Over The Lawn, Through The Wicket

Setting up the event required careful consideration of each sport’s space, time and physical-exertion requirements. Lawn bowling was already an onsite fixture, so an orientation on Disc Golf by instructors from the National Croquet Center and players from the local college helped to round out the organizers’ experience. A layout was devised to accommodate all three activities in fewer than four acres of the park. A cap of 112 participants was established.

One interesting requirement — each team (of four) needed to have 50-plus years difference between the oldest and youngest teammates.

Teams were then divided among the three activities:

• Four teams at each of the four Disc Golf holes

• Eight teams at the four lawn bowls

• Four teams on the super-sized croquet field

After the first round, a “cut” was made, and the remaining teams moved on to the second round. The top two teams eventually went head-to-head in a championship round.

Then the remaining two teams in each sport were considered for the Individual Lawn Sport awards in:

• Best Lawn Bowler

• Best SS Croquet

• Best Disc Golf.

Benefits For All

Planning and developing intergenerational programs is a process that considers the needs and emotions of all participants. For example, the physical limitations of older adults need to be understood, while the emotional boundaries of children should be considered (too many adults entering and exiting a child’s life may confuse him or her and cause trust issues).

Research indicates that an older person’s engagement in physical activity can extend years of active, independent life, reduce morbidity and mortality, and lower healthcare costs. However, less than one-third of Americans age 65 and older meet the recommended level of physical activity (moderate-intensity activity at least 5 days per week, and at least 30 minutes per day).

Many programs that increase an older person’s level of physical activity have been shown to enhance the quality of life. (1) Mixing children with elders magnifies the benefits for both groups.

Super Growth Of The 75-Plus Demographic

Why is spirited intergenerational play so vital? The growth rate of the 75-plus demographic is 3.5 times the total population rate in North America. Plus, expansion of the 75-plus age group will be accelerating for at least 20 years. As more people mature, it helps to recognize the mid-70s in a framework of “nouveau adolescence.” (2)

Cultural anthropologist Mary Catherine Bateson sees aging as an “improvisational art form calling for imagination and willingness to learn,” (3) and expands on the compositional idea of lives as artistic creation in Composing a Further Life (2010). She refers to a second type of adulthood, in which new meaning and ways to craft life patterns are expressed, and she concludes that “Adulthood II” can be a life stage of unprecedented, vital, intergenerational health and interaction.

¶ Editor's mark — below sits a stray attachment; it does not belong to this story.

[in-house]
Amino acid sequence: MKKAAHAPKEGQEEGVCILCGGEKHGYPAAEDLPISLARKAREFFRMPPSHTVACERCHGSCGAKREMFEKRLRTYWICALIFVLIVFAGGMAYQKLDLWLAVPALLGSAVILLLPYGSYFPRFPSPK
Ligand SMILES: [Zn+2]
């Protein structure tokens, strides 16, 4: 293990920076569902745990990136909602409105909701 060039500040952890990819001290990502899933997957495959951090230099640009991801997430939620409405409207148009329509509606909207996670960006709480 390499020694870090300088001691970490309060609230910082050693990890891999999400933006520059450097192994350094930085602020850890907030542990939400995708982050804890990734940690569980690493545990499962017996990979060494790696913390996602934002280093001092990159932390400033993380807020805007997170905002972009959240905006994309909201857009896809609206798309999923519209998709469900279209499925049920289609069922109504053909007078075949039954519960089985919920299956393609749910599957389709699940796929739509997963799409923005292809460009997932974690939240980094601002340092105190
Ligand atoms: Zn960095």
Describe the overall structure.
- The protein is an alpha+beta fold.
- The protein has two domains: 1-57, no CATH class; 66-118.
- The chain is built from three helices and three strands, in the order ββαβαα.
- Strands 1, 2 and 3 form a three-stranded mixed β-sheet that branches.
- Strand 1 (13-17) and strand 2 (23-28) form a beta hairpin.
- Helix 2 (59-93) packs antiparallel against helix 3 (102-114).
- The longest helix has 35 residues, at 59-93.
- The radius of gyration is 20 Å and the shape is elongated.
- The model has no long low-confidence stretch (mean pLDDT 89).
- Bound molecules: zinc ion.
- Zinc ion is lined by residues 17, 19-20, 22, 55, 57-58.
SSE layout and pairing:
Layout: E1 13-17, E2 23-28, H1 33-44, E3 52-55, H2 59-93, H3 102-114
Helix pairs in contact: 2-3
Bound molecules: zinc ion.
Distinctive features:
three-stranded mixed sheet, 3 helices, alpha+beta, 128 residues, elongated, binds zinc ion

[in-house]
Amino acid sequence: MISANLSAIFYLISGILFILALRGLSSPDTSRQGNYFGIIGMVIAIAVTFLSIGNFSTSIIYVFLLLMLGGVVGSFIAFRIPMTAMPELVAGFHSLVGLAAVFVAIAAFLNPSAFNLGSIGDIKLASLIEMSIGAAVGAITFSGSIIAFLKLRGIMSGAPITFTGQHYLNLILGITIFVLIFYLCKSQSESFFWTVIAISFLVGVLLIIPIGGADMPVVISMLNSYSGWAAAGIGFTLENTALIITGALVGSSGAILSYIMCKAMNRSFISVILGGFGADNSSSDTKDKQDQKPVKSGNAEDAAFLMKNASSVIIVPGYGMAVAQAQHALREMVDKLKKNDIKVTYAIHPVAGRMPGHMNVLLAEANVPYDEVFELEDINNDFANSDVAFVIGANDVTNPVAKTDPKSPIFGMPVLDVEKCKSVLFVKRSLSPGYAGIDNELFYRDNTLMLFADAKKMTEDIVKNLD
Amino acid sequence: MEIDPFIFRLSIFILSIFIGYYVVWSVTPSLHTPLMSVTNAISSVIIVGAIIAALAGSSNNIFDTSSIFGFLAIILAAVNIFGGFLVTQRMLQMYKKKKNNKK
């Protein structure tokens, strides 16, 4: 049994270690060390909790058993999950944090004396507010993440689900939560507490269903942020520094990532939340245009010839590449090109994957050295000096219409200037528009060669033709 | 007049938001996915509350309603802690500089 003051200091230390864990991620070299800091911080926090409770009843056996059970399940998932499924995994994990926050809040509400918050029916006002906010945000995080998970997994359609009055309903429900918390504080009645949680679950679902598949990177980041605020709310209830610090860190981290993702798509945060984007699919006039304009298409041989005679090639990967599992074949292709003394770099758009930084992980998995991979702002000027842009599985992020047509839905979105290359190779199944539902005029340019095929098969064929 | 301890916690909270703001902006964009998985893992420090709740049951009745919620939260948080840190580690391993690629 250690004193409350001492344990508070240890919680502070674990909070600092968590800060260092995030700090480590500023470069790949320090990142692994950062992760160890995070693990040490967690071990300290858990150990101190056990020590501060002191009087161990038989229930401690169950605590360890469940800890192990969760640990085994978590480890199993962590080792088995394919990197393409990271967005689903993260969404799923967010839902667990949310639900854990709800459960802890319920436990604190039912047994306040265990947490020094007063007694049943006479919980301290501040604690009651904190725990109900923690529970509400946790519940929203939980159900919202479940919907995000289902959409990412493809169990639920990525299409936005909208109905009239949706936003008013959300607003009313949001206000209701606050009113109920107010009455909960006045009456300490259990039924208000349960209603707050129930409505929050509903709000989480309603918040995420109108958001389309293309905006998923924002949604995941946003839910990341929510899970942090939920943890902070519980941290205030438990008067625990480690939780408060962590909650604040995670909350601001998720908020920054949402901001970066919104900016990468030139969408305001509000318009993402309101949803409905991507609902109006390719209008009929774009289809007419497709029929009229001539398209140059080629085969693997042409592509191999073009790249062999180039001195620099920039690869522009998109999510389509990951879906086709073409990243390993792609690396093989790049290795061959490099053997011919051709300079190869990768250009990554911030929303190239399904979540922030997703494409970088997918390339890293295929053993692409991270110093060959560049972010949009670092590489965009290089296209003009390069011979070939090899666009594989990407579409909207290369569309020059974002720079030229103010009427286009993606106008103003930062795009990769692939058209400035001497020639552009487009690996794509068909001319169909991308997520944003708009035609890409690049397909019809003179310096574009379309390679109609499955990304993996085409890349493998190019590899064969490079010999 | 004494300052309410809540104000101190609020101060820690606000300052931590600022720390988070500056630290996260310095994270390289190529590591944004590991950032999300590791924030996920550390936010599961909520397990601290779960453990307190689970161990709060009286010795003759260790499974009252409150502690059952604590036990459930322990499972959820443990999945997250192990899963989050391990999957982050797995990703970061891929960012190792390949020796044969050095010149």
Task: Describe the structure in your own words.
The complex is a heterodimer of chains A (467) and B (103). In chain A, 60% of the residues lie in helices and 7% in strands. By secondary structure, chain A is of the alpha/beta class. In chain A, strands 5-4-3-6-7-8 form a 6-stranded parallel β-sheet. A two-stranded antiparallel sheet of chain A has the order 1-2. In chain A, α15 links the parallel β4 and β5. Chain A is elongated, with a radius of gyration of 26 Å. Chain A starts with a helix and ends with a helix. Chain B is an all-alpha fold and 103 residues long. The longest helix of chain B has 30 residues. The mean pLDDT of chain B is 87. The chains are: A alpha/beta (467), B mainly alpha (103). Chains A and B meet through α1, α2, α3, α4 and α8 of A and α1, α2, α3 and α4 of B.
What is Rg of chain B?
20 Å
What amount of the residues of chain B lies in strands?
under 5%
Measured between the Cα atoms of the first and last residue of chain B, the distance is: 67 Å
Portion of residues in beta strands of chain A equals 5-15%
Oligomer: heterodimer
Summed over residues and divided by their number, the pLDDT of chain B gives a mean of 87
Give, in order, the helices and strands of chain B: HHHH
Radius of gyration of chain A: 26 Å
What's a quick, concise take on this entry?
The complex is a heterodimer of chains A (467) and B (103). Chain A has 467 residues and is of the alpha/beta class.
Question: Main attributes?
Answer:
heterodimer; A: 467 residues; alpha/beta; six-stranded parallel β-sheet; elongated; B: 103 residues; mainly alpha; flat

For example:

• Young people learn about the skills and physical capabilities of older persons, as well as gain an understanding of their diversity and individuality.

• Youngsters gain positive role models in aging adults.

• Children gain not only new knowledge but also a sense of perspective that develops as part of the aging process.

• Both old and young share the experience of learning from both mistakes and triumphs.

• Seniors make a meaningful connection with younger generations.

• Older adults can develop new child-rearing skills to use with their own grandchildren.

• Making new friends of any age with common interests lifts people out of isolation, and helps to combat loneliness.

In the last century, before the age of nursing homes and day-care, the inter-generational connection was a natural and necessary part of everyday life for both young children and grandparents. Well-organized, supervised programs in city parks are a great way to explore and rediscover some of those joys and benefits.

Works Cited:

(1)http://www.cdc.gov/physicalactivity/everyone/guidelines/olderadults.html

(2) Statistics Provided by the National Institutes of Health–Nat. Institute on Aging, U.S. Department of

Commerce and the Bureau of the Census

(3) Bateson, M.C., Composing a Further Life: The Age of Active Wisdom. 2010.

Randy Eady is an intergenerational rehabilitation specialist and instructor at Veteran’s Park.

Samantha Roland is the site supervisor for the park. For more information, visit www.mydelraybeach.com.

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More About Super-Sized Croquet (Or Toe-quet)

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